He copied a suite in A major by Nicolas de Grigny, organist at Rheims, and a suite in F minor by Dieupart,[149] and added to them a table of twenty-nine ornaments, with their interpretation. And he was acquainted with the works of Marchand, Nivers, d'Anglebert, and particularly of François Couperin. I doubt whether the intrinsic value of these compositions, despite their entertaining nature in some cases (for instance, Couperin's descriptive pieces), succeeded in holding his attention for any length of time; Bach could learn nothing from their technique, so often elementary; but he knew how to draw profit from their accessory qualities. Certain combinations of registers seem to us, in fact, to have been directly inspired by the study of their livres d'orgues, just as certain ornaments appear to have been borrowed from the "Agrémens" of their clavecin pieces.


We have said that one must not invariably interpret, by their present meaning, certain expressions whose significance is no longer the same as when Bach wrote.

First of all, the term Organo pleno, sometimes the sole indication given by Bach for preludes, fugues, or fantasies; one is often tempted to interpret it, on modern organs, by calling into requisition the-71- uproar of all the registers combined, to whatever family they may belong.

Let us see what was understood in Bach's time by organo pleno, or volles Werk. "The volles Werk," says Mattheson,[150] "consists of principals, Sordunen (the bourdons of to-day), salicionals, octaves, quints, mixtures, Scharffen (small-scale mixtures of three ranks), of the quintadena, cymbale, nazard,[151] twelfth, sesquialtera,[152] and of super-octaves; with the Posaunen in the pedal, but not upon the manual; for the Posaunen are reeds, which are not drawn upon the manual with full organ, where, on account of the higher pitch, they would be too rasping; in the pedal, on the contrary, through the sonority of their tones, they produce a majestic effect, especially if the mouths of the pipes are covered, as is desirable."

In a former work, Mattheson had laid down the following rule for omitting the reeds from the ensemble of the registers:[153] "A reed-stop may not be drawn with the flutes upon the same keyboard, unless it be in the pedal." He makes an exception only in case the organ is not sufficiently powerful to keep a choir from wandering from the pitch and into chaos, when advantage must be taken of all resources.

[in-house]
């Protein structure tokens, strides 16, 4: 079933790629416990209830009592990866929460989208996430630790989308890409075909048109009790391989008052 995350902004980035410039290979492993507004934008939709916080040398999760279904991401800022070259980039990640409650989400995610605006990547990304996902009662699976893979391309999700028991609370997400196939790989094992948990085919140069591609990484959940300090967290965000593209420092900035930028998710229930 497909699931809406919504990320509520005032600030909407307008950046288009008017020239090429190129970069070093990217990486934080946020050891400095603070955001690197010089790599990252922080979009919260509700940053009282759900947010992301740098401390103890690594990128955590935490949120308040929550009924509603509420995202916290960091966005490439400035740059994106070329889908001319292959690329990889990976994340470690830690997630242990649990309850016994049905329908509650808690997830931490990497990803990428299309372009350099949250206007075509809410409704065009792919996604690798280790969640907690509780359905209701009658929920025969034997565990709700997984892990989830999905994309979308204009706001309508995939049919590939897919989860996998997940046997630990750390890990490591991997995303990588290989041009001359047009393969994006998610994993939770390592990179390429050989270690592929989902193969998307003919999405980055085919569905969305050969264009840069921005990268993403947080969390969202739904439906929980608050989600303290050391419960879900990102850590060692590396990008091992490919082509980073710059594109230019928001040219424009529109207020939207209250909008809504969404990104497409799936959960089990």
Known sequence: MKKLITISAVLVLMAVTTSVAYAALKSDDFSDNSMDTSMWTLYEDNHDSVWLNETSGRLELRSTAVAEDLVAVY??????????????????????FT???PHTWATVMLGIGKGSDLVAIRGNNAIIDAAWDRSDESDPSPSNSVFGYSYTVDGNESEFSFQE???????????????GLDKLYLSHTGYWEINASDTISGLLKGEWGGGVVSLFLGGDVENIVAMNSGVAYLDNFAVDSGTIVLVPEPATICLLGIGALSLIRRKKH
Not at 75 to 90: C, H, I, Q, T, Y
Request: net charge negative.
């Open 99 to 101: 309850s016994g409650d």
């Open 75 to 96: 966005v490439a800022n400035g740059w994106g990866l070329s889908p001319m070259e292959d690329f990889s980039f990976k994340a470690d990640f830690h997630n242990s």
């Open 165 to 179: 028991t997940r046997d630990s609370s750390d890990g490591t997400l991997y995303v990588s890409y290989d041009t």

The combination indicated above was, moreover, in accordance-72- with general usage;[154] it corresponded to what the French called the plein-jeu. Nivers,[155] for instance, wrote: "The plein-jeu is composed of the Prestant, the Bourdon, the Doublette, the Cymbale, and the Fourniture; to those may be added the other sixteen- and eight-foot stops, if any there be; if there be no Prestant, the Flute may be drawn."

The same combinations are found in Le Bègue, Clairembault, André Raison. The last-named presents a curious example of the contrast of the plein-jeu to the reeds, in the "Kyrie in the first mode for the plein-jeu accompanied on the pedal by a Trompette en taille."[156]

This absence of the reeds from the volles Werk, to which other writers also bear witness, is, from a practical point of view, worthy of perpetuation, especially if we consider the very considerable place in certain modern organs occupied by this family, and the intensity of timbre due to their harmonic construction.

These registers were not numerous in organs of that time, at least in Germany, and, it must be added, badly voiced; they were often nothing but antiquated imitations of the thin and shrill Regal.

Andreas Werckmeister, known through his works upon the temperament of tones as applied to the organ, wrote (Orgelprobe, 1681):

Ist unterweilen Narrwerk;
Ist es aber frisch und guth,
So erfrischt es Herz und Muth.